The following day, researchers tested whether the participants still had a fear response to the vertical lines. The red pattern, which had been frightening because it was paired with shocks, became less so because it now was paired with a positive outcome. With the reward as part of the equation, researchers found that participants perspired much less than when they had seen the red lines previously, and their brain’s fear signal, centered in the amygdala, was significantly reduced.
“After just three days of training, we saw a significant reduction of fear,” Lau said. “We changed the association of the ‘fear object’ from negative to positive.”
Participants were not told what they had to do to earn the money — only that the reward was based on their brain activity and that they should try to earn as much money as possible. And each time participants were told they had won money, their brains demonstrated more of the same pattern that had just won them the cash reward.
Although participants tried to guess which of their thoughts were triggering the rewards — some guessed humming music or thinking about a girlfriend, for example — none actually figured out how they earned the money or recognized that the researchers had effectively reduced their fear of the red lines.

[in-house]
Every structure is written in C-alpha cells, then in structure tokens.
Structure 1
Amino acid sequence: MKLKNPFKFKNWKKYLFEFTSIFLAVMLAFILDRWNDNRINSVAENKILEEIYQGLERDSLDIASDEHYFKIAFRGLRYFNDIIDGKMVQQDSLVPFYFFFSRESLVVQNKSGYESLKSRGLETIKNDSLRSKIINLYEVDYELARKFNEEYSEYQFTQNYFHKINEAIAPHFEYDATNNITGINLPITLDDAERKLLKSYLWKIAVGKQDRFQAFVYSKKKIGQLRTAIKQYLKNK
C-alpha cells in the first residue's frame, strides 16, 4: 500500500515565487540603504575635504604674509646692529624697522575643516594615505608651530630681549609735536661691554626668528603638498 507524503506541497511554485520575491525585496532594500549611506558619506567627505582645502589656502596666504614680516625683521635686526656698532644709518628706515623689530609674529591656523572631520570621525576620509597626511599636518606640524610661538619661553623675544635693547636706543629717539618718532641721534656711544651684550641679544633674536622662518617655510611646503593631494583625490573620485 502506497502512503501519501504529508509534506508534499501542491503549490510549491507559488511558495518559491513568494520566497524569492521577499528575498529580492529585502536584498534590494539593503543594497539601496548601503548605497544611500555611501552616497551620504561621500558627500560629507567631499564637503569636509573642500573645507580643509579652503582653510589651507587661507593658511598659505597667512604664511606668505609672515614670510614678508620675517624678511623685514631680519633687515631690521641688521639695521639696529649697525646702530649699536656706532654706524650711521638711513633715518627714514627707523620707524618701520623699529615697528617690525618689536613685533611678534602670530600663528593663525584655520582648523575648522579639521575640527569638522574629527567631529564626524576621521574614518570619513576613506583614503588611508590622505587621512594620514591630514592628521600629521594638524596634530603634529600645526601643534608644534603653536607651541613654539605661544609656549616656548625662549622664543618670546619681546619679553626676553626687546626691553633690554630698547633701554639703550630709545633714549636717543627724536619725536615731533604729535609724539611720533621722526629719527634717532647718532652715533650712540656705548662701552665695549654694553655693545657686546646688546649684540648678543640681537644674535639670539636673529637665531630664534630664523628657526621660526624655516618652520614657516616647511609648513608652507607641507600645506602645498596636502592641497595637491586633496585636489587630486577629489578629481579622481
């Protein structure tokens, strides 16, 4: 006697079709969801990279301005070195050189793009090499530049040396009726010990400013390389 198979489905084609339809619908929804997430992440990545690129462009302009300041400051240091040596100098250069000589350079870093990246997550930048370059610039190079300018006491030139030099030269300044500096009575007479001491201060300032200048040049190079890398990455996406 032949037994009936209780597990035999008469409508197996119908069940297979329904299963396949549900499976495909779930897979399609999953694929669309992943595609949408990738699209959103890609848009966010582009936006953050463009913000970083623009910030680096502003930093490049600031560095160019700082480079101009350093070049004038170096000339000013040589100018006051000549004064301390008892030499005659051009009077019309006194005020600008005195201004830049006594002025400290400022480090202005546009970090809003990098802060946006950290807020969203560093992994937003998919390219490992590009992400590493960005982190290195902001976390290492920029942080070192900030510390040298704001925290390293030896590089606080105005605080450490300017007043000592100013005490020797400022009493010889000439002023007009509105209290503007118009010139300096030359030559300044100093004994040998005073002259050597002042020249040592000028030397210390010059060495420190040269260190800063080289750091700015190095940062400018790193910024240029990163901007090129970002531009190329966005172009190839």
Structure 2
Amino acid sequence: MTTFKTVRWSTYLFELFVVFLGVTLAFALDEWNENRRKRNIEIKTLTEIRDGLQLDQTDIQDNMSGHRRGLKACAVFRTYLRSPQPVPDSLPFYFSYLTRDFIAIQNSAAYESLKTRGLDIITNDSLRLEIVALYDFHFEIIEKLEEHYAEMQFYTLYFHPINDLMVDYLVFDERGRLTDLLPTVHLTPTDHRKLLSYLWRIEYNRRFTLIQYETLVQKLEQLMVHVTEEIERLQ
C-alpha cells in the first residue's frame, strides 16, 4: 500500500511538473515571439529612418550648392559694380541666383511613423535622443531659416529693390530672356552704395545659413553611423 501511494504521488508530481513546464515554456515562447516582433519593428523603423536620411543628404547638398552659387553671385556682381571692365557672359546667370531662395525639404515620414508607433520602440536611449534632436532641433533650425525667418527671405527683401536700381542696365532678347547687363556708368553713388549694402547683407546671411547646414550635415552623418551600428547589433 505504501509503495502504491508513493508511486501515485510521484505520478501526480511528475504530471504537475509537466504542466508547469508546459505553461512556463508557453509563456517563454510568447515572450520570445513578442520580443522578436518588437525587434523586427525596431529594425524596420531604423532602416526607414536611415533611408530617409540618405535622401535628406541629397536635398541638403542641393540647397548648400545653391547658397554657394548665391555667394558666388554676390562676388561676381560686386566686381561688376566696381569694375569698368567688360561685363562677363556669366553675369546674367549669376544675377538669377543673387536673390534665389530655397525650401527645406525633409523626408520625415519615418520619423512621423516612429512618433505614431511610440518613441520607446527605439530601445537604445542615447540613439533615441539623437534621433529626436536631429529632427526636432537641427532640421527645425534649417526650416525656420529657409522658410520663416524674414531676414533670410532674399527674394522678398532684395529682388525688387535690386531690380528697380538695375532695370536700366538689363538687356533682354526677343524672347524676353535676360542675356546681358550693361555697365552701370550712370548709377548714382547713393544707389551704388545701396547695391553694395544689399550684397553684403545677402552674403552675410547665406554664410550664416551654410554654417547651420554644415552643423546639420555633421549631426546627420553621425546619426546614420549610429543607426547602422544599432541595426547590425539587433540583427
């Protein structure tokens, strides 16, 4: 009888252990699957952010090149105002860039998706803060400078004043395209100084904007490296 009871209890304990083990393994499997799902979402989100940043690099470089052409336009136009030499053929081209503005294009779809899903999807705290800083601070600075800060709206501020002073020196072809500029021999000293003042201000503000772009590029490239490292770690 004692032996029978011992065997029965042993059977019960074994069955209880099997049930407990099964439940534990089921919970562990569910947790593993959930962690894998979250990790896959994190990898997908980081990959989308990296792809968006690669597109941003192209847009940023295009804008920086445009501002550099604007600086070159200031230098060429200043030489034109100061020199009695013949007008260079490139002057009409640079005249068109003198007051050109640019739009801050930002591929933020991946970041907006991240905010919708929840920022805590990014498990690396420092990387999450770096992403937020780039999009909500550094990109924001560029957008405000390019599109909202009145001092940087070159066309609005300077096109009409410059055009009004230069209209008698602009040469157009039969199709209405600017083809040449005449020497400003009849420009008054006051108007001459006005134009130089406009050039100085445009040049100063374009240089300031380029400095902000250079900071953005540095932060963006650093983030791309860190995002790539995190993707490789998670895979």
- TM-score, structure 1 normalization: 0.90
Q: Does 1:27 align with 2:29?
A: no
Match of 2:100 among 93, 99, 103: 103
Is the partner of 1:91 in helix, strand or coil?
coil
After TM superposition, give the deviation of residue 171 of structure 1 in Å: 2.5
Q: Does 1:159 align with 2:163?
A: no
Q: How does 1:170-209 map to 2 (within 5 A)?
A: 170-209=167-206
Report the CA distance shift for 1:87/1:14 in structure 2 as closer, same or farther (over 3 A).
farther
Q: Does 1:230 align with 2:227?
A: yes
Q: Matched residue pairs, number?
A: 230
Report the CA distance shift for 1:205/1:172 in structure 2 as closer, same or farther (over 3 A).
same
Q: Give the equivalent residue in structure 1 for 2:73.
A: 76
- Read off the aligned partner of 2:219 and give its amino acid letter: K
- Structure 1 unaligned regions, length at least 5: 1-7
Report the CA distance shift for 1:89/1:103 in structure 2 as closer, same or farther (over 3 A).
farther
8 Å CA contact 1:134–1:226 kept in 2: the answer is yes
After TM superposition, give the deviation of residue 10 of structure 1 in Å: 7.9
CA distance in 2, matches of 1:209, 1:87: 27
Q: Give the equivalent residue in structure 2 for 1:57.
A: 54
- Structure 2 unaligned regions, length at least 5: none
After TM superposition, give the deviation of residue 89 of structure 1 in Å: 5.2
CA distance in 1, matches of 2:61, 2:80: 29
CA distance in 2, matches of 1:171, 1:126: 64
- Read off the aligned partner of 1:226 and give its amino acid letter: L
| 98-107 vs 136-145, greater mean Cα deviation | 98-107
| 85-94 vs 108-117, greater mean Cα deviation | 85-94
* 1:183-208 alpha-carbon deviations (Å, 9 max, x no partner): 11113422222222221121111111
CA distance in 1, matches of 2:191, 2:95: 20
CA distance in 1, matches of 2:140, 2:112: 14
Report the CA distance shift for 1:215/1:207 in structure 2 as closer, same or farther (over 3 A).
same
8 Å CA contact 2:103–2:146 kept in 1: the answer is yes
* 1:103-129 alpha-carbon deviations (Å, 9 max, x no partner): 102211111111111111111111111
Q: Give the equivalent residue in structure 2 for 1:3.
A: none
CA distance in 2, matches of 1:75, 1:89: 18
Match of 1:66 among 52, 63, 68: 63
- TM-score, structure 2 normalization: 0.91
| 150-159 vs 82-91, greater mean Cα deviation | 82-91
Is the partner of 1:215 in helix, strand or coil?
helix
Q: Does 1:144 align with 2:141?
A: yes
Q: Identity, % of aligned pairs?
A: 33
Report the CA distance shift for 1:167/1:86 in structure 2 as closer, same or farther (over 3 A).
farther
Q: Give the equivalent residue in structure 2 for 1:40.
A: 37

“Their brain activity was completely unconscious,” Lau said. “That makes sense; a lot of our brain activity is unconscious.”
Participants did still register fear on their fMRI scans when they saw the green pattern because, without the financial rewards, they still primarily associated the color with shocks.
The findings could help improve upon standard behavioral therapy, in which a person who is afraid of a certain object is exposed to photos of that object, or even the object itself — which can be frightening enough that many people cannot complete treatment. Lau said using “unconscious fear reduction,” like in the experiment, could be more effective in many cases.
In the Nature Communications study, which was published today, Lau and his colleagues used decoded neurofeedback to increase people’s confidence levels.
Ten participants were seated in an fMRI scanner and asked to watch a computer screen with hundreds of dots moving in different directions.